Join Now

Legislative Updates


November 16, 2021

November 15, 2021

Last Wednesday, the U.S. Supreme Court heard oral arguments in the case of our very own Reagan Outdoor Advertising trying to be able to convert their non-conforming billboards to electronic in Austin, Texas.  The court’s eventual decision could have significant implications for the future of how signs are regulated, and even for the business model for billboard companies.

The crux of the matter, in a bit of an oversimplification, is that the city of Austin allows for non-conforming on-premise signs to be converted to electronic, but not non-conforming off-premise signs.  In the ruling by the U.S. Fifth Circuit Court of Appeals, the essential decision was that because of First Amendment protections, signs cannot be treated differently and regulated by their content.  In other words, if you have to read the sign to figure out how to regulate it, you can’t do that.

What intrigued me about the oral arguments and comments before the SCOTUS (Supreme Court Of The United States) was that the attorney for Reagan was not really arguing for that decision.  He essentially was saying all the court had to do was say that it wasn’t fair to treat the signs differently and overrule the Austin code.  I think the reason for him not arguing much in favor of the 5th circuit ruling was that if it is upheld, it has the potential to seriously alter the business model for all billboard companies.  Think about it – if, as the 5th circuit said, you cannot regulate signs by their content, then any sign could have off-premise advertising, not just those so defined.  The monopoly of billboard companies for such advertising would essentially be gone.

To that end, I just recently saw a couple of on-premise electronic signs in a local community that were not only advertising their own business, but also flashed up messages for another business in town – off-premise advertising!  Not allowed by the local code!  But very easy to do with electronic signs.  And if the SCOTUS upholds the 5th circuit rationale, well….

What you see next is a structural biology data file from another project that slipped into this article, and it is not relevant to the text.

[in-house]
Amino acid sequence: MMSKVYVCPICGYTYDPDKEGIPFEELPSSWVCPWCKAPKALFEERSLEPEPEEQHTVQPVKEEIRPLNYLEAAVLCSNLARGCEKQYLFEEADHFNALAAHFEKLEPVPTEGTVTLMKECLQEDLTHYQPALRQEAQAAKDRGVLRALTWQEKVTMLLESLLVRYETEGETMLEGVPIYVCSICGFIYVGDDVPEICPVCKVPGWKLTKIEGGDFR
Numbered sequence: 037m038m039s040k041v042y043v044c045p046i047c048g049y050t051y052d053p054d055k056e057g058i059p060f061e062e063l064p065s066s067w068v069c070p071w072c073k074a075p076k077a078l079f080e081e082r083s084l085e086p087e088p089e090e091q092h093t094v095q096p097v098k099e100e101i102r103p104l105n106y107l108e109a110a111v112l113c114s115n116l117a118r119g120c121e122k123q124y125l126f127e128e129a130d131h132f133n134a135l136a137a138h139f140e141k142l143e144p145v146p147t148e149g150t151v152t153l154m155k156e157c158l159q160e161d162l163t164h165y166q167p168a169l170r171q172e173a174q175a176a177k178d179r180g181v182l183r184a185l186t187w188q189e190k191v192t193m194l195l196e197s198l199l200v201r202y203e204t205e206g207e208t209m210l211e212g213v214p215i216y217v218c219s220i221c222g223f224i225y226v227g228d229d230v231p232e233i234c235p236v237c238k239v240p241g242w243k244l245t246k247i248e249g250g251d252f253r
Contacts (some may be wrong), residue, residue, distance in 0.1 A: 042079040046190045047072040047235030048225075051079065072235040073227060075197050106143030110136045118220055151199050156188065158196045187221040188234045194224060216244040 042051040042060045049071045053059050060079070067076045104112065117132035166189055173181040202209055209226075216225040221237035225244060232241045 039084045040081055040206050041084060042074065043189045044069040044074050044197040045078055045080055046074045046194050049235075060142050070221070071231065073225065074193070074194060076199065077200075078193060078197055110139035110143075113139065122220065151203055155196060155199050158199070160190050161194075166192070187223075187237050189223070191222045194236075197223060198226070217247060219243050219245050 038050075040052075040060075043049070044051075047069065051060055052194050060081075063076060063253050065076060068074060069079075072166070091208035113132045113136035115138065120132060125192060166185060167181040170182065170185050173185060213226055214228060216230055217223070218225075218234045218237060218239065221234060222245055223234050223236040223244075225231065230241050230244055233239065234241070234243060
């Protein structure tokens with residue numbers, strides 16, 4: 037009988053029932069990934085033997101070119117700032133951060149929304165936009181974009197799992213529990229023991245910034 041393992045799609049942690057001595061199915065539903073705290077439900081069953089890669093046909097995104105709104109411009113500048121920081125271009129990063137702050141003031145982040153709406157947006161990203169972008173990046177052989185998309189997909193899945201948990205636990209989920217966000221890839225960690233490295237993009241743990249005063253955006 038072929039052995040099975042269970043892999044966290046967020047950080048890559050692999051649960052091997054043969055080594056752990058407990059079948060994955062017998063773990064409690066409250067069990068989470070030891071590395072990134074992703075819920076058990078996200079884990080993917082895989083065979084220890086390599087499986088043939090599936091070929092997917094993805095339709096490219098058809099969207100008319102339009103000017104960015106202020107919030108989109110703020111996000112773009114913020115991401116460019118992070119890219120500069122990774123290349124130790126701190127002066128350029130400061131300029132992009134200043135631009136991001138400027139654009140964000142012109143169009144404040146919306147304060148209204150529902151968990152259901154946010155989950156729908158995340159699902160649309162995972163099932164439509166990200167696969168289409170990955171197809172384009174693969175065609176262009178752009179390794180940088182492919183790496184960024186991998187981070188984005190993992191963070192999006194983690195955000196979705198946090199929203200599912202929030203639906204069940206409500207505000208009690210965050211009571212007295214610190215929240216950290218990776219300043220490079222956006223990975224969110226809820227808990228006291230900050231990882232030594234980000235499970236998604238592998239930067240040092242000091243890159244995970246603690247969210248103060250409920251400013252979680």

How will the court rule?  Based on the questions and comments from the justices during the oral arguments, Amy Howe of SCOTUSblog

wrote, “the Supreme Court was closely divided on this question. Although some justices appeared to agree with the 5th Circuit, other justices were clearly concerned that upholding the 5th Circuit’s decision could have repercussions far beyond the ordinance that they were considering.

“Justice Brett Kavanaugh could hold the deciding vote, and he too appeared conflicted. On the one hand, he (like Gorsuch) asked Snyder why the city couldn’t address its safety and aesthetic concerns by restricting the placement, size, and number of signs, rather than restricting “anything that has to do, arguably, with the words that are written on the sign.” On the other hand, he emphasized … that these kinds of ordinances “have been around for a long time,” and that a ruling for Reagan National would impose significant burdens on “a lot of local jurisdictions around America.”

Here’s Howe’s entire entry about the court session.

A decision is not expected until probably spring or even summer.  It could cause local and state codes and ordinances to have to be completely redefined for billboards and off-premise advertising!

Other Updates »

APA Utah is Powered by

Platinum Sponsors

Gold Sponsors

Silver Sponsors

Bronze Sponsors